Six Steps of the Golf Swing

By George N. Root III
An efficient swing can make the game more enjoyable.
An efficient swing can make the game more enjoyable.

The golf swing is a mechanical process. You will find greater success with your golf swing if you practice the basic mechanics and then work on repeating those basics the same way for each swing. As you become proficient in executing the golf swing basics, you can then start to experiment with the subtle changes to the swing that can change the flight of the ball to match your shot needs.

Feet and Shoulders

Your feet should line up with your shoulders with your feet spread apart as wide as the width of your shoulders. Your feet and shoulders should be pointing in a straight line toward the target. The best way to work on creating this straight line is to place a club on the ground pointing at the target, then line your feet up even with the club. As long as your shoulders and feet are lined up together, you should now be pointing straight at the target.

Bend at the Knees

Take your club and extend your arms out as if you were addressing the ball. Do not bend your back to allow the club head to lay flat on the ground; you should bend at the knees to accomplish this. Your back should remain straight at all times. With your arms extended straight and your knees flexed, you can now establish where the ball should be in your stance. The center of the clubface should line up with the ball. If you have to bend your arms, then you are too close to the ball. If you have to reach to make contact with the ball, then you are too far away.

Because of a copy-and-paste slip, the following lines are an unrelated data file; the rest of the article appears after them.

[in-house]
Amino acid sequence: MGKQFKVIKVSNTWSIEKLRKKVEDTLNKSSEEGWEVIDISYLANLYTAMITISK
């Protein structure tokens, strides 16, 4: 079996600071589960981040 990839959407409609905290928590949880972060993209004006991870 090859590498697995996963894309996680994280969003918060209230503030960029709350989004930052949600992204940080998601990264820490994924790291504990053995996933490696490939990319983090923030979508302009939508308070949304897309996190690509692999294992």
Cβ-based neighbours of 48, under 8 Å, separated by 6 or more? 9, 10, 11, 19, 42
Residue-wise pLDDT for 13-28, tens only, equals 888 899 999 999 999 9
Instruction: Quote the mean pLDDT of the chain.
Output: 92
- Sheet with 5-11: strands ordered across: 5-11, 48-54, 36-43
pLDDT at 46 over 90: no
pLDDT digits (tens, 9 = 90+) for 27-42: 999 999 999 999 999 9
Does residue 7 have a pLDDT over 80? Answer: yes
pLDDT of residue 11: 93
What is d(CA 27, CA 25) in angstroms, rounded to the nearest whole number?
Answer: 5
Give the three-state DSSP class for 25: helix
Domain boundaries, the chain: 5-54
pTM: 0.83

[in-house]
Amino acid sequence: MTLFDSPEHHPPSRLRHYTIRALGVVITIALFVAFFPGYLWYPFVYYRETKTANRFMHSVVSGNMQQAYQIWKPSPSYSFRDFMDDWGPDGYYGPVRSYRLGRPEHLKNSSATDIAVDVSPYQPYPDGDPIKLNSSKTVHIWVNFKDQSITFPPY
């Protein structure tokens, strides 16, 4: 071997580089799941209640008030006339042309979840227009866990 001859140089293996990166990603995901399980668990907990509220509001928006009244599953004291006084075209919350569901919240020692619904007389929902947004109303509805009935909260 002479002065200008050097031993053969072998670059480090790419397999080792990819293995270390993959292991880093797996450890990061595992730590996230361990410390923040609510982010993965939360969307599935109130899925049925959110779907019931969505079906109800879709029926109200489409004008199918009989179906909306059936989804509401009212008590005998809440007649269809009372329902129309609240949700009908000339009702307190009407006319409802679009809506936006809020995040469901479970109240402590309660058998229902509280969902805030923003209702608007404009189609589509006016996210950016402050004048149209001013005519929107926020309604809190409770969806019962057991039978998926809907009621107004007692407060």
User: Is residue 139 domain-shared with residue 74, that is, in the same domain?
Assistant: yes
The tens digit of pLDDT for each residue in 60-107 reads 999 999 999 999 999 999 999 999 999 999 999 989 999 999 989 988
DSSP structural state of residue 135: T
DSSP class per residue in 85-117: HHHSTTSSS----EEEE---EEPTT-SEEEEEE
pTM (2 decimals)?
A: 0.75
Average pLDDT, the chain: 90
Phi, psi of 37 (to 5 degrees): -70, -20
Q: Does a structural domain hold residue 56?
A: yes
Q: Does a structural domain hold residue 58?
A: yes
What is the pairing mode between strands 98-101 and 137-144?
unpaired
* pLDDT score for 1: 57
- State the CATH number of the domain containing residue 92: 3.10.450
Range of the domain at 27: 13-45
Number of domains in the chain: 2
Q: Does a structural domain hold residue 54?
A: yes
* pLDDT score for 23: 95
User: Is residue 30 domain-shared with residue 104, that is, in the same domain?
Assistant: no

Back Swing

Now that you are lined up square with the target and in the correct stance with knees flexed, the next step is to begin your back swing. The golf swing is a perfect circle from back swing to follow-through, and you maintain this perfect circle by keeping your left arm straight at all times. If you are left-handed, then you would keep your right arm straight. Draw the club back slowly to help establish an even tempo; be certain to keep your left arm straight. When you reach the top of your back swing, your club should be over your head and parallel to the ground. Your hips and knees should rotate back in concert with the club to ensure the proper weight shift.

Down Swing

Once the club is parallel with the ground, it is time to begin the down swing. The club should follow the same path in the down swing that it followed in the back swing, and you can ensure this happens by continuing to keep the left arm straight. Make sure your knees and hips are following the club through the down swing to keep the weight shift intact. Do not allow your arm speed to get ahead of your weight shift, as this will cause the ball to go off in a variety of directions.


If you are keeping your head down and eye on the ball as you should be, then you should see the club make contact with the ball. If you make contact with the center of the clubface, then the sensation of contact should be minimal. If you make contact with the heel or toe of the clubface, then you will get a sensation at contact that is a stinging sensation in both of your hands.


Some players neglect to focus on the follow-through, but the follow-through is an extremely important part of the golf swing. If there is no follow-through, then some of the power is lost in the swing even with proper weight shifting. A lack of follow-through will also cause the ball to slice or hook depending on how the clubface made contact with the ball. A proper follow-through sees the club all the way through the contact point, and then up and over the golfer's shoulder. A good follow-through can increase distance, and it can increase accuracy.

About the Author

George N. Root III began writing professionally in 1985. His publishing credits include a weekly column in the "Lockport Union Sun and Journal" along with the "Spectrum," the "Niagara Falls Gazette," "Tonawanda News," "Watertown Daily News" and the "Buffalo News." Root has a Bachelor of Arts in English from the State University of New York, Buffalo.

Photo Credits

  • Jupiterimages/Comstock/Getty Images
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